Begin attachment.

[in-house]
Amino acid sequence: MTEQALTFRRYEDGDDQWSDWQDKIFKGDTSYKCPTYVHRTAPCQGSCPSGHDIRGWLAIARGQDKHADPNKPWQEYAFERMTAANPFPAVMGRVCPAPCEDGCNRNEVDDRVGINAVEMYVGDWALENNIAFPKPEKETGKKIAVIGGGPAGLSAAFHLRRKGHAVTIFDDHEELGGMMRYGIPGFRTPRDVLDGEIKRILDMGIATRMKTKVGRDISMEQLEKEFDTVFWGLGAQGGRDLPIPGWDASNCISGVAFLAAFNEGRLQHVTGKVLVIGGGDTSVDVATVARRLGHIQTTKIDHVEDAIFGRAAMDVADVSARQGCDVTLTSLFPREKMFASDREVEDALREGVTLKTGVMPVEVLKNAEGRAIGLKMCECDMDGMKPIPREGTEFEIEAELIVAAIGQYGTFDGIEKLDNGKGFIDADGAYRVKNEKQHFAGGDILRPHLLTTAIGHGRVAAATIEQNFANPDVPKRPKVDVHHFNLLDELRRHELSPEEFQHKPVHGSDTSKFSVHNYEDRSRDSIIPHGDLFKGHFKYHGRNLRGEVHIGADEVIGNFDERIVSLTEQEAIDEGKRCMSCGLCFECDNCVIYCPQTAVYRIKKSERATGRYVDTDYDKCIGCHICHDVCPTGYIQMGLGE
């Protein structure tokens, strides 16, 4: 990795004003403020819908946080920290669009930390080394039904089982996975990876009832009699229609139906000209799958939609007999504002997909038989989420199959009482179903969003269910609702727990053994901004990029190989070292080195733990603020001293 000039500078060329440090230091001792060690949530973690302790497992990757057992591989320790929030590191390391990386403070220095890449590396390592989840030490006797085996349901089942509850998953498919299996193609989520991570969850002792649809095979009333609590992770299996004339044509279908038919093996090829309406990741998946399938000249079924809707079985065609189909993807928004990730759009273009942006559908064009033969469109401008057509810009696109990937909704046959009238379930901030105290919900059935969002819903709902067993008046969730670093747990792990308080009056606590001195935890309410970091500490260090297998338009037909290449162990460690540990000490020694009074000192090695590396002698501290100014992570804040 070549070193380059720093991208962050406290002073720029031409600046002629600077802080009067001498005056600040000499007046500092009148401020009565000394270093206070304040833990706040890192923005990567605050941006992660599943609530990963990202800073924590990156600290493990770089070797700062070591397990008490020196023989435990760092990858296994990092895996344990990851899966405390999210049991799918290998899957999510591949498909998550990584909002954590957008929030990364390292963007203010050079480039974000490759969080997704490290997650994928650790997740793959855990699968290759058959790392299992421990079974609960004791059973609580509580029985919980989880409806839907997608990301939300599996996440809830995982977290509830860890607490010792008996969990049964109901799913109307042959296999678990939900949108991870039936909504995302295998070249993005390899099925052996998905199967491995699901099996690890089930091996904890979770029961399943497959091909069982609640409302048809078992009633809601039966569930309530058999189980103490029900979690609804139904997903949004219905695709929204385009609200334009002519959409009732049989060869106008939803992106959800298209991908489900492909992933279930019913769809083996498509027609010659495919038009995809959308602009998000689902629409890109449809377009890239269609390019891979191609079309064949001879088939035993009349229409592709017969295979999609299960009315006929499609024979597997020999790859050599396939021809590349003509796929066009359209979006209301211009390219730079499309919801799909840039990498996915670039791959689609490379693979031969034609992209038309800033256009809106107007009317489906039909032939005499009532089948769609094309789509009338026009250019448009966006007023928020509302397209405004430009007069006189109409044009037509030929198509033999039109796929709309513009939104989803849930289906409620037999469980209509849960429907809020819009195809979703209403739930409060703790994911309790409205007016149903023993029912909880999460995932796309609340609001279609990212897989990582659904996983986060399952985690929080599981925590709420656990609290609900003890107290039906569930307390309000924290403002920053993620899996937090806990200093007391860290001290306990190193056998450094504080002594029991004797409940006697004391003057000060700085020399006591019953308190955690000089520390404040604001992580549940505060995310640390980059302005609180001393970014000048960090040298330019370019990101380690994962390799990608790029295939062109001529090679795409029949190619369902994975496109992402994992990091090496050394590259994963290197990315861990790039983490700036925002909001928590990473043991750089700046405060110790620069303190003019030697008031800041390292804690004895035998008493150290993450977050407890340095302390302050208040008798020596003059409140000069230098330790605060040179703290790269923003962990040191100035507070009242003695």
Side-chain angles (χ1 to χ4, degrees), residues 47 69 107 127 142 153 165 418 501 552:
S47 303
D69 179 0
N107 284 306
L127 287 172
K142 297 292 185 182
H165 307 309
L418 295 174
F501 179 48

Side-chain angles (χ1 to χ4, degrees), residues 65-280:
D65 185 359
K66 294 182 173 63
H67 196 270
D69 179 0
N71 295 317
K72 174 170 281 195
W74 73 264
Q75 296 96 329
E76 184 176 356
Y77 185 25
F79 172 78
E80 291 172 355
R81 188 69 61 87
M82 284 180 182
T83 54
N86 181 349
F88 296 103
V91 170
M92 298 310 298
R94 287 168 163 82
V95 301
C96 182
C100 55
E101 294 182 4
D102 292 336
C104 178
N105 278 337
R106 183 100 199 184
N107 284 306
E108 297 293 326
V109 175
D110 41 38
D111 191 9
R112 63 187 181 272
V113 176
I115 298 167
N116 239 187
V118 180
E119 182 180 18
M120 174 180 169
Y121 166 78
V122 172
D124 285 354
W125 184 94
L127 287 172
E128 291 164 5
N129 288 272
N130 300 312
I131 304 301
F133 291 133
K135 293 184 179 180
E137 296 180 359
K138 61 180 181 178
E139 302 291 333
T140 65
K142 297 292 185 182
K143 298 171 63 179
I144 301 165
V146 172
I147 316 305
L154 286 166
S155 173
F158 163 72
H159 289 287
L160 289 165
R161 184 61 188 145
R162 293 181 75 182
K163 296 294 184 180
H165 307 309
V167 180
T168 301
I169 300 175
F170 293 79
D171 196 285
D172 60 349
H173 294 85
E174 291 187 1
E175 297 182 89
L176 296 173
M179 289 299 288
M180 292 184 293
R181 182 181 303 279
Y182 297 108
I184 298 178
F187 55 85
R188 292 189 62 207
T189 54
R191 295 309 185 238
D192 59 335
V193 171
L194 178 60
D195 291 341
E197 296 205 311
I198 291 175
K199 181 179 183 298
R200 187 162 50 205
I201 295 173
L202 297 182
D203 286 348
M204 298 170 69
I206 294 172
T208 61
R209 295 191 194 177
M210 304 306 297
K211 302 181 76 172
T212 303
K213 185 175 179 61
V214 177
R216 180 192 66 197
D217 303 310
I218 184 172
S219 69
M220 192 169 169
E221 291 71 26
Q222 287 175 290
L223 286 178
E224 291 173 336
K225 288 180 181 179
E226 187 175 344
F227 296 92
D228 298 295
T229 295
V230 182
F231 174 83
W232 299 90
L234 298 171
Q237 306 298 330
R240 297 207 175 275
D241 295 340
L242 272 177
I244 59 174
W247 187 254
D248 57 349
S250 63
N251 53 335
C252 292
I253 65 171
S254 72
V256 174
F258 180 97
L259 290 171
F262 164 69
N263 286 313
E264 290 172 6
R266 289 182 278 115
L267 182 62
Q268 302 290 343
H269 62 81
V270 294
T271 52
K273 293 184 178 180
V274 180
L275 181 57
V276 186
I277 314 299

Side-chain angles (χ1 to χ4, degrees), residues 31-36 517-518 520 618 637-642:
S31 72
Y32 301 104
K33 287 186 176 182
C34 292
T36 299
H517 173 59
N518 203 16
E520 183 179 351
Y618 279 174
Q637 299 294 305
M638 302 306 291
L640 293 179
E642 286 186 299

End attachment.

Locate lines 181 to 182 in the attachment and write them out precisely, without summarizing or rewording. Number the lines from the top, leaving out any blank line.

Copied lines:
L640 293 179
E642 286 186 299